Monday, June 13, 2005

Aid to Africa: Payback time?

Tony Blair may be cashing in some political capital with President Bush soon. Blair plans to use upcoming presidency of the EU to drum up aid to Africa, and if he has to fight to get US participation, that can only help him overcome his image overseas as an American lackey. But it probably would be a good idea for the US to demonstrate that our loyal friends end up with some pull with our policy.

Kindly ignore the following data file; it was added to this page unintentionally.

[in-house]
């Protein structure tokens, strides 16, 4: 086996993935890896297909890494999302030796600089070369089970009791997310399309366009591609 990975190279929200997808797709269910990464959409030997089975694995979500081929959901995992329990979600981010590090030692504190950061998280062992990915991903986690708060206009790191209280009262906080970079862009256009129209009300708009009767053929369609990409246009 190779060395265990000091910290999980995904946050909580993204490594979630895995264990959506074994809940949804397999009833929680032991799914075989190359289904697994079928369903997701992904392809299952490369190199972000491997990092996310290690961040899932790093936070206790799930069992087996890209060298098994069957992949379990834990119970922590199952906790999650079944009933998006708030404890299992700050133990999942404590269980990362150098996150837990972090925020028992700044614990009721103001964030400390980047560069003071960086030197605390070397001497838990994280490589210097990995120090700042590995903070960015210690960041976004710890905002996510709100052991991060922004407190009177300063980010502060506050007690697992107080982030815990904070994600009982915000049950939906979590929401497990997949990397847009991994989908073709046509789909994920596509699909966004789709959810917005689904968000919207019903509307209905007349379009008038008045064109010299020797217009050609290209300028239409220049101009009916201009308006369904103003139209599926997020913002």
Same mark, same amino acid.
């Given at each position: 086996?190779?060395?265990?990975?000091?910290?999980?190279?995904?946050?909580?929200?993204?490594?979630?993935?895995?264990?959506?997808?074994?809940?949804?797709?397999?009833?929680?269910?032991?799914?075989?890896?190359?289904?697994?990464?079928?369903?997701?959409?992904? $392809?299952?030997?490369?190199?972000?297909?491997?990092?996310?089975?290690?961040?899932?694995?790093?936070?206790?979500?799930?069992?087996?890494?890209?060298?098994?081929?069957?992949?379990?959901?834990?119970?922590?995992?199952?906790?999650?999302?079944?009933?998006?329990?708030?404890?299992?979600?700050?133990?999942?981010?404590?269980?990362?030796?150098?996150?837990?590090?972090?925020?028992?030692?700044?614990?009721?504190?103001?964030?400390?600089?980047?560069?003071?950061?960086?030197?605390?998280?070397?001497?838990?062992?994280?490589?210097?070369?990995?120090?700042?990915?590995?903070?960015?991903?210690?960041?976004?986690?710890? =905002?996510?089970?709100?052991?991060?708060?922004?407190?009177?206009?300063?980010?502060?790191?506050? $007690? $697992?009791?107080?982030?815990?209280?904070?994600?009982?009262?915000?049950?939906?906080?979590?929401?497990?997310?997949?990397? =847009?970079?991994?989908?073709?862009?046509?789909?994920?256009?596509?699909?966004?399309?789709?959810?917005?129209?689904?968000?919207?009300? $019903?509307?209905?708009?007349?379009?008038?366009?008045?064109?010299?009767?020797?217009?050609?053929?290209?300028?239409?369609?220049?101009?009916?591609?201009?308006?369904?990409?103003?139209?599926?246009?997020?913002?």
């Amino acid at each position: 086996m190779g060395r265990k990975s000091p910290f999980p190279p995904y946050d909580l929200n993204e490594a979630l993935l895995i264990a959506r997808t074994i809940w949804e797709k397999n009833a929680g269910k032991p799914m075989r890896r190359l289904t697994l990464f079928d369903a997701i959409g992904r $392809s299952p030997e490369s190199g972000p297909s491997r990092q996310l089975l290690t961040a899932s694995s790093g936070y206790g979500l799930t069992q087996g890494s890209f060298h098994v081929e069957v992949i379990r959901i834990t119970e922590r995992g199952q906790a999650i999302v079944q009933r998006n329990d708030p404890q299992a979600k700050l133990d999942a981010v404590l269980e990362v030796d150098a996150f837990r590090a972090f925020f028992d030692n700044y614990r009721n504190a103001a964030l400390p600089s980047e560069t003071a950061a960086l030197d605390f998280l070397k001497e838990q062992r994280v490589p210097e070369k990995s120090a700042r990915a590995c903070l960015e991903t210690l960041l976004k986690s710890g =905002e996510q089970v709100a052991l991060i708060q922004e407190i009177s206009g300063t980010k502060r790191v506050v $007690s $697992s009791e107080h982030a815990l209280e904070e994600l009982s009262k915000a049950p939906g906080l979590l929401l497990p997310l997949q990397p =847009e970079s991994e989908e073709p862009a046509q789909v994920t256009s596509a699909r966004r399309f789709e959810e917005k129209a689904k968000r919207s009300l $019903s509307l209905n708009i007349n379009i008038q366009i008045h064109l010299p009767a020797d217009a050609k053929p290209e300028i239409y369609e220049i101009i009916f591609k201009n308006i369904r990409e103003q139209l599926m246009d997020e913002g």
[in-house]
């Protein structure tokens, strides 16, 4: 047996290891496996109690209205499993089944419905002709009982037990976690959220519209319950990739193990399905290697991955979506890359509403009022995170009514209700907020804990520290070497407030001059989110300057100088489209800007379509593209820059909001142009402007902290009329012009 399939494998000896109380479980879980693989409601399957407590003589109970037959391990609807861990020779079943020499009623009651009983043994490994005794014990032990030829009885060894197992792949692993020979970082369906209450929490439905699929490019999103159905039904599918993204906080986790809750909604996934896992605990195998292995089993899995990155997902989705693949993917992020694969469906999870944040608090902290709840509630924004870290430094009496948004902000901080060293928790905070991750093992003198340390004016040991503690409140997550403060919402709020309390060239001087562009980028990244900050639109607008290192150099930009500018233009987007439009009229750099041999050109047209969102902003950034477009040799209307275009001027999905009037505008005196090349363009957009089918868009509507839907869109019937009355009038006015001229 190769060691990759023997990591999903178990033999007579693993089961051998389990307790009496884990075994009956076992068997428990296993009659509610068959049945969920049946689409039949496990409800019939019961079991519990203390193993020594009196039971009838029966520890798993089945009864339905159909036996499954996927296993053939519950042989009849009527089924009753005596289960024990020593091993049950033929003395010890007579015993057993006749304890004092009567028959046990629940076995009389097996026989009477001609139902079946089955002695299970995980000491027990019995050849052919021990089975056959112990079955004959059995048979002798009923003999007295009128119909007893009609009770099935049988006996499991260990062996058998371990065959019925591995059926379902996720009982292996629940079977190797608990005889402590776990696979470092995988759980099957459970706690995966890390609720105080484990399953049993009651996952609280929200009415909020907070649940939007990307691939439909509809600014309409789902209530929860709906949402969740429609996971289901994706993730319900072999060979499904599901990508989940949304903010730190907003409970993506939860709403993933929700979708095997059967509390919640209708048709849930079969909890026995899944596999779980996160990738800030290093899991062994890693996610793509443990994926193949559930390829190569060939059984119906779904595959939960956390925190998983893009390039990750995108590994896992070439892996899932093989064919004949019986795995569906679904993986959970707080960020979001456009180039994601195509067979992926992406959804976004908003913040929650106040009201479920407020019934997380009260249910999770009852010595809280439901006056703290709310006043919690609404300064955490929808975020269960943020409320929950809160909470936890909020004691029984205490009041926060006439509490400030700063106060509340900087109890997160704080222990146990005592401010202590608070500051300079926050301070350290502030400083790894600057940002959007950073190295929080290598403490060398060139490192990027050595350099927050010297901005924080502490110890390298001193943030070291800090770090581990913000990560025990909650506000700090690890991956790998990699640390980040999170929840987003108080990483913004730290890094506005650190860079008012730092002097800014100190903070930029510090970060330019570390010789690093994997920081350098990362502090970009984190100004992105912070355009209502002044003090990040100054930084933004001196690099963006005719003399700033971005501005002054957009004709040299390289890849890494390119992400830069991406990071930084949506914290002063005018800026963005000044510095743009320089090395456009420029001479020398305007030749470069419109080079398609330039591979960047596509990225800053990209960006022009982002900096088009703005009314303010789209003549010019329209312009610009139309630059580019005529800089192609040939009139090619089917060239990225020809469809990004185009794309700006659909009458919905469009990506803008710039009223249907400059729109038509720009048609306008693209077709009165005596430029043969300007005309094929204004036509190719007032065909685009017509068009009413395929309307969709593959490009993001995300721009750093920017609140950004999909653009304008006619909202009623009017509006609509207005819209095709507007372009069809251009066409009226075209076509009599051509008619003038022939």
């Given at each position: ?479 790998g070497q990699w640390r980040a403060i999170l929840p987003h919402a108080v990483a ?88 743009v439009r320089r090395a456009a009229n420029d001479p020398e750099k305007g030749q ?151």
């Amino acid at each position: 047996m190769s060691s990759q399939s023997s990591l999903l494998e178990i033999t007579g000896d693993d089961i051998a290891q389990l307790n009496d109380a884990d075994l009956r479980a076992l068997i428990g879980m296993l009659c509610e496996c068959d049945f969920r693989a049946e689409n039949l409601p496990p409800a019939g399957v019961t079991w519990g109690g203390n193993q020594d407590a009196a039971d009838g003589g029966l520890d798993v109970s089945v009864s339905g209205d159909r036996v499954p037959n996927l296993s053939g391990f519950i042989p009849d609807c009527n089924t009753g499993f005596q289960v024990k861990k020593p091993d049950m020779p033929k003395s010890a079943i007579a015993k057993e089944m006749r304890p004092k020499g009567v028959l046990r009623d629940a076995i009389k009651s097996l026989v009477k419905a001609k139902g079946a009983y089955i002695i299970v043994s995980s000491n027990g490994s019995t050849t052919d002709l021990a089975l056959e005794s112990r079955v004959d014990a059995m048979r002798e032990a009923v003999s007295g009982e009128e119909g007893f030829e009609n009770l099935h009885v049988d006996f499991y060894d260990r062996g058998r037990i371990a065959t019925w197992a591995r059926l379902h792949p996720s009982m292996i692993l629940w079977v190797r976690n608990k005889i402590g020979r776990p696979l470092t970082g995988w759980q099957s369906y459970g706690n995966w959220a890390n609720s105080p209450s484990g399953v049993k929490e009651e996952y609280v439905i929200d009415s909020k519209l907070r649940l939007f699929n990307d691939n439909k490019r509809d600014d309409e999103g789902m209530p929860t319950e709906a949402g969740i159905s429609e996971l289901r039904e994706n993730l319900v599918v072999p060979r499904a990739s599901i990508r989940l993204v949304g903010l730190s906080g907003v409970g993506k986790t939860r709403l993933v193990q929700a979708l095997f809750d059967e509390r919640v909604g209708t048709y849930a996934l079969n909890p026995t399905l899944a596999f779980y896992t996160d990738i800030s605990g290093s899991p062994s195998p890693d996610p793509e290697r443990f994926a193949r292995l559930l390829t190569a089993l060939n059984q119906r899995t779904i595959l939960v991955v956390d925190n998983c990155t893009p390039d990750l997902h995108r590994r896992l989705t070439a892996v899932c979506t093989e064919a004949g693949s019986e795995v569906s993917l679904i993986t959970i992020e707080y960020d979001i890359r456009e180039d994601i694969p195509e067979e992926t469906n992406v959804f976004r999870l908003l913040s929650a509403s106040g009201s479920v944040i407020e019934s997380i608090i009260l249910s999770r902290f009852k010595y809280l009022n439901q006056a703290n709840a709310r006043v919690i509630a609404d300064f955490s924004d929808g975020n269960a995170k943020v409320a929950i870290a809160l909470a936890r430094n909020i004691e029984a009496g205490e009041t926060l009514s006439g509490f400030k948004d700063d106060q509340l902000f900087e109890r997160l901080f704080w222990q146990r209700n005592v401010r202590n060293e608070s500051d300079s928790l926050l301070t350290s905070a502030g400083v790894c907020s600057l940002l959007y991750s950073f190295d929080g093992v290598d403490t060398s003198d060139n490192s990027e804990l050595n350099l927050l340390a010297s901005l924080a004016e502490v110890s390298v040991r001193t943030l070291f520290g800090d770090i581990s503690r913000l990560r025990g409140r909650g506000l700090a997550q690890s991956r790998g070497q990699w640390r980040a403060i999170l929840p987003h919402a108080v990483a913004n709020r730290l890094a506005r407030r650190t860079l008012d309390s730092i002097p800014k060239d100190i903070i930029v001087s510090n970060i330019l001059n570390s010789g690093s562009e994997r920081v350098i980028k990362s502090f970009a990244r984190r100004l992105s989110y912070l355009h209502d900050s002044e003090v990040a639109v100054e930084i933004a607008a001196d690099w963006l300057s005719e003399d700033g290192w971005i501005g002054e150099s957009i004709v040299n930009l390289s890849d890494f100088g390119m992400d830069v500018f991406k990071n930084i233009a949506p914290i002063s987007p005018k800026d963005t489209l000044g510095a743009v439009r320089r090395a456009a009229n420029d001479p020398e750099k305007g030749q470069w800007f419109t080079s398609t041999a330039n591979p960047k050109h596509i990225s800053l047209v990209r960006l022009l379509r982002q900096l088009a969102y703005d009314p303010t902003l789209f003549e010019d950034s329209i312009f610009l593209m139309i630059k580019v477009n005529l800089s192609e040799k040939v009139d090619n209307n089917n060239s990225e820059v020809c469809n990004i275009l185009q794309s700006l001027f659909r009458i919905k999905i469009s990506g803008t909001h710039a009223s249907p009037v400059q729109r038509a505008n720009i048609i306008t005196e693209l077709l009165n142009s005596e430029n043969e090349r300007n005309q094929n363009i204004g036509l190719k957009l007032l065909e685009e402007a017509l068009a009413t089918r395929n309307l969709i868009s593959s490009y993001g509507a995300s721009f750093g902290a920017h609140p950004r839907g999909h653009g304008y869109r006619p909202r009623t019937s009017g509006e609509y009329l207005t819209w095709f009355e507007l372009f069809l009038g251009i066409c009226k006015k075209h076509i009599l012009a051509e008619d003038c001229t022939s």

The debate is well known between those who feel that African countries have to be well governed enough to get aid to those who need it before developed countries offer it, and those who feel the need in Africa is urgent enough to warrant plunging right in with subsidies and loan forgiveness. There are some merits to either point of view. As the Economist rightly points out though, it's the government subsidies to developed nations' own agriculture industries--including small farmers--which really hurt Africa's opportunity for development the most, by eliminating its most promising markets. This underlying structural feature of the world economy is unlikely to be fixed any time soon; all politics is local. But if Bush and Blair really want to help Africa, cutting agricultural subsidies is where they should start.

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